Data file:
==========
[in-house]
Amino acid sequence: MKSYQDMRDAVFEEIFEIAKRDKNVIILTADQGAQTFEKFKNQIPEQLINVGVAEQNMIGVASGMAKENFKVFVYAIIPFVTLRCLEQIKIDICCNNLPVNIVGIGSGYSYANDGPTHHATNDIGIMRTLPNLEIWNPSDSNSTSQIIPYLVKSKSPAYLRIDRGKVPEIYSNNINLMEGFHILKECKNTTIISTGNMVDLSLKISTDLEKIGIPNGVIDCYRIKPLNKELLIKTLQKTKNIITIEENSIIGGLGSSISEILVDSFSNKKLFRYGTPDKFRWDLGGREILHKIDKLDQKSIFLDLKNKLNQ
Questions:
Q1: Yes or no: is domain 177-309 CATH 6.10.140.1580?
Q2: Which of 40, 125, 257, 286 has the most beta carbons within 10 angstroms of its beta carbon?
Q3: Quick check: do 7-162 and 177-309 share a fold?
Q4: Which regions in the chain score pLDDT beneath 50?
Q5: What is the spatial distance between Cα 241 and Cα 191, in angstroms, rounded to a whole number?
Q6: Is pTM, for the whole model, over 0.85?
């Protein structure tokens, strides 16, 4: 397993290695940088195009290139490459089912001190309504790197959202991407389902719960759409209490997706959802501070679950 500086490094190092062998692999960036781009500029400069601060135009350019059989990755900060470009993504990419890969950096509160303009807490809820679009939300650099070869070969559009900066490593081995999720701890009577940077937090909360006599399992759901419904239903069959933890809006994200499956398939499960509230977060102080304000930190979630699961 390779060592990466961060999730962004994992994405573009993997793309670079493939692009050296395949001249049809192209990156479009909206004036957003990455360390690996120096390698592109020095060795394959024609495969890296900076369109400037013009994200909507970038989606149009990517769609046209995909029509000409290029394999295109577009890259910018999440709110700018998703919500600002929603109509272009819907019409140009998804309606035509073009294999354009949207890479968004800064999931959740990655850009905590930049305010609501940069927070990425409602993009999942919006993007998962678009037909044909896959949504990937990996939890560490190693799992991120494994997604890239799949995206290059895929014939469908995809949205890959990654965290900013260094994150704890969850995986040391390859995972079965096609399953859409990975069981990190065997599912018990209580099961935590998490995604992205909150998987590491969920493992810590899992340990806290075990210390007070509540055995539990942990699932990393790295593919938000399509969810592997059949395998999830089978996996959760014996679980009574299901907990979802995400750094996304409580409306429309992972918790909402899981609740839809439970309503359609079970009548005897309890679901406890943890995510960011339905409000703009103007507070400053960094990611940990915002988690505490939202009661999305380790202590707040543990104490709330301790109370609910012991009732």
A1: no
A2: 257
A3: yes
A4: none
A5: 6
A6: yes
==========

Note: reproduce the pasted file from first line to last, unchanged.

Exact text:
[in-house]
Amino acid sequence: MKSYQDMRDAVFEEIFEIAKRDKNVIILTADQGAQTFEKFKNQIPEQLINVGVAEQNMIGVASGMAKENFKVFVYAIIPFVTLRCLEQIKIDICCNNLPVNIVGIGSGYSYANDGPTHHATNDIGIMRTLPNLEIWNPSDSNSTSQIIPYLVKSKSPAYLRIDRGKVPEIYSNNINLMEGFHILKECKNTTIISTGNMVDLSLKISTDLEKIGIPNGVIDCYRIKPLNKELLIKTLQKTKNIITIEENSIIGGLGSSISEILVDSFSNKKLFRYGTPDKFRWDLGGREILHKIDKLDQKSIFLDLKNKLNQ
Questions:
Q1: Yes or no: is domain 177-309 CATH 6.10.140.1580?
Q2: Which of 40, 125, 257, 286 has the most beta carbons within 10 angstroms of its beta carbon?
Q3: Quick check: do 7-162 and 177-309 share a fold?
Q4: Which regions in the chain score pLDDT beneath 50?
Q5: What is the spatial distance between Cα 241 and Cα 191, in angstroms, rounded to a whole number?
Q6: Is pTM, for the whole model, over 0.85?
């Protein structure tokens, strides 16, 4: 397993290695940088195009290139490459089912001190309504790197959202991407389902719960759409209490997706959802501070679950 500086490094190092062998692999960036781009500029400069601060135009350019059989990755900060470009993504990419890969950096509160303009807490809820679009939300650099070869070969559009900066490593081995999720701890009577940077937090909360006599399992759901419904239903069959933890809006994200499956398939499960509230977060102080304000930190979630699961 390779060592990466961060999730962004994992994405573009993997793309670079493939692009050296395949001249049809192209990156479009909206004036957003990455360390690996120096390698592109020095060795394959024609495969890296900076369109400037013009994200909507970038989606149009990517769609046209995909029509000409290029394999295109577009890259910018999440709110700018998703919500600002929603109509272009819907019409140009998804309606035509073009294999354009949207890479968004800064999931959740990655850009905590930049305010609501940069927070990425409602993009999942919006993007998962678009037909044909896959949504990937990996939890560490190693799992991120494994997604890239799949995206290059895929014939469908995809949205890959990654965290900013260094994150704890969850995986040391390859995972079965096609399953859409990975069981990190065997599912018990209580099961935590998490995604992205909150998987590491969920493992810590899992340990806290075990210390007070509540055995539990942990699932990393790295593919938000399509969810592997059949395998999830089978996996959760014996679980009574299901907990979802995400750094996304409580409306429309992972918790909402899981609740839809439970309503359609079970009548005897309890679901406890943890995510960011339905409000703009103007507070400053960094990611940990915002988690505490939202009661999305380790202590707040543990104490709330301790109370609910012991009732």
A1: no
A2: 257
A3: yes
A4: none
A5: 6
A6: yes